Ana reaches toward susan. “Maybe it’s time for us all to take a step back,” she says.

Susan turns her head, as if noticing ana for the first time. “Who are you?” she asks. she asks it like we are clowns coming out of a volkswagen. she asks it as if she’s exhausted by all the people that keep appearing.

“I’m a friend,” ana says. “and I don’t think any of us are in a position to behave rationally, so maybe we can just breathe—”

Susan turns toward the man in the red tie, her body language interrupting ana midsentence. “you and I need to discuss this in private,” she barks at him.

“Ma’am, please calm down.”

“Calm down? you’re joking!”

“Susan—” I start to say. I don’t know how I planned on finishing, but susan doesn’t give a shit.

“Stop,” she says, putting her hand up in my face. It’s aggressive and instinctual, as if she needs to protect her face from my words.

“Ma’am, elsie was escorted in by the police. she was at the scene. I have no reason to doubt that she and your son were as she says . . .”

“Married?” susan is incredulous.

“Yes,” the man in the red tie says.

“Call the county! I want to see a record of it!”

“Elsie, do you have a copy of your marriage certificate that you can show Mrs. ross?”

I can feel myself shrinking in front of them. I don’t want to shrink. I want to stand tall. I want to be proud, confident. But this is all too much and I don’t have anything to show for myself.

“No, but, susan—” I say as tears fall down my face. I feel so ugly right now, so small and stupid.

“Stop calling me that!” she screams. “you don’t even know me. stop calling me by my name!”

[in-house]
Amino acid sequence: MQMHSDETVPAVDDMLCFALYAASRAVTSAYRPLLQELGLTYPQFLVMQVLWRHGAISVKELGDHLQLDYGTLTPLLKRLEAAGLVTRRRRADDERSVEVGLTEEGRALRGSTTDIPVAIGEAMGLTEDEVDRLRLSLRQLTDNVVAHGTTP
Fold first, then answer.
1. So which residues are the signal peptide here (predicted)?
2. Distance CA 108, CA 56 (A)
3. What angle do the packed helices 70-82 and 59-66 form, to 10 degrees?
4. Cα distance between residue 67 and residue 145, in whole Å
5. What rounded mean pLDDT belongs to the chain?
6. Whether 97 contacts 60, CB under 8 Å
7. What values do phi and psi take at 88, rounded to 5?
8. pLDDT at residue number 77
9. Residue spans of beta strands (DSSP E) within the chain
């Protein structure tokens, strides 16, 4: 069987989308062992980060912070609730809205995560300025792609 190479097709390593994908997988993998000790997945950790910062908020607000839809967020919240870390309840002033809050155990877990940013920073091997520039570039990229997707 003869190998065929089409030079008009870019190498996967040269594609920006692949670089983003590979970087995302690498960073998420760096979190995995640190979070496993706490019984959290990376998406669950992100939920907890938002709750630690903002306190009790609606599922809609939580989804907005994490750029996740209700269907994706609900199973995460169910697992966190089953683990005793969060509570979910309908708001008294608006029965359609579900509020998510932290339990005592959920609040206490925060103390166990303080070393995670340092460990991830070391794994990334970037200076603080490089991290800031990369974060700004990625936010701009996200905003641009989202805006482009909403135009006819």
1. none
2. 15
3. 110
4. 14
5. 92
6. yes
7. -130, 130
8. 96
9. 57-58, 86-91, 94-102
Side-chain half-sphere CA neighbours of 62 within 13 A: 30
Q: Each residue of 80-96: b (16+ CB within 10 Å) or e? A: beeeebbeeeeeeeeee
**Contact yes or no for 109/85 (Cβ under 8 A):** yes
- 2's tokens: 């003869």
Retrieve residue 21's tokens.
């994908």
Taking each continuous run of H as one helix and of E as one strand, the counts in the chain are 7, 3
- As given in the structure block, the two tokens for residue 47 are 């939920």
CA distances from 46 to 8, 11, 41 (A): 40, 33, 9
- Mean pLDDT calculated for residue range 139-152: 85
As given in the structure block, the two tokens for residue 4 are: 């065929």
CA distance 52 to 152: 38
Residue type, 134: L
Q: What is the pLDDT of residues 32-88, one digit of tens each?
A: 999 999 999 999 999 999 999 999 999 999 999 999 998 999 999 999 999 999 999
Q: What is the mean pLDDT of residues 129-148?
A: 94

“Fine,” I say. My eyes are staring forward, focused on the body in the room. My husband’s body. “keep all of it,” I say. “I don’t care. We can sit here and scream all day but it doesn’t change anything. so I really don’t give a shit where his wallet goes.”

I put one foot in front of the other and I walk out. I leave my husband’s body there with her.and the minute my feet hit the hallway, the minute ana has shut the door behind us, I regret walking out. I should have stayed with him until the nurse kicked me out.

Ana pushes me forward.

She puts me in the car. she buckles my seat belt. she drives slowly through town. she parks in my driveway. I don’t remember any of it happening. suddenly, I am at my front door.

Stepping into my apartment, I have no idea what time of day it is. I have no idea how long it has been since I sat on the couch like a cavalier bitch whining about cereal in my pajamas. this apartment, the one I have loved since I moved in, the one I considered “ours” when Ben moved in, now betrays me. It hasn’t moved an inch since Ben died. It’s like it doesn’t care.

It didn’t put away his shoes sitting in the middle of the floor. It didn’t fold up the blanket he was using. It didn’t even have the decency to hide his toothbrush from plain view. this apartment is acting like nothing has changed. everything has changed. I tell the walls he’s gone. “He’s dead. He’s not coming home.”ana rubs my back and says, “I know, baby. I know.”

She doesn’t know. she could never know. I walk carelessly into my bedroom, hit my shoulder on the door hinge and feel nothing. I get into my side of the bed and I can smell him still. He’s still here in the sheets. I grab his pillow from his side of the bed and I smell it, choking on my own tears. I walk into the kitchen as ana is getting me a glass of water. I walk right past her with the pillow in my hand and I grab a trash bag, shoving the pillow into it. I tie it tight, knotting the plastic over and over until it breaks off in my hand and falls onto the kitchen floor.

“What are you doing?” she asks me.

“It smells like Ben,” I answer. “I don’t want the smell to evaporate. I want to save it.”

“I don’t know if that’s going to work,” she says delicately.

“Fuck you,” I say and go back to the bed.

I start crying the minute I hit my pillow. I hate what this has made me. I’ve never told anyone to f**k off before, least of all ana.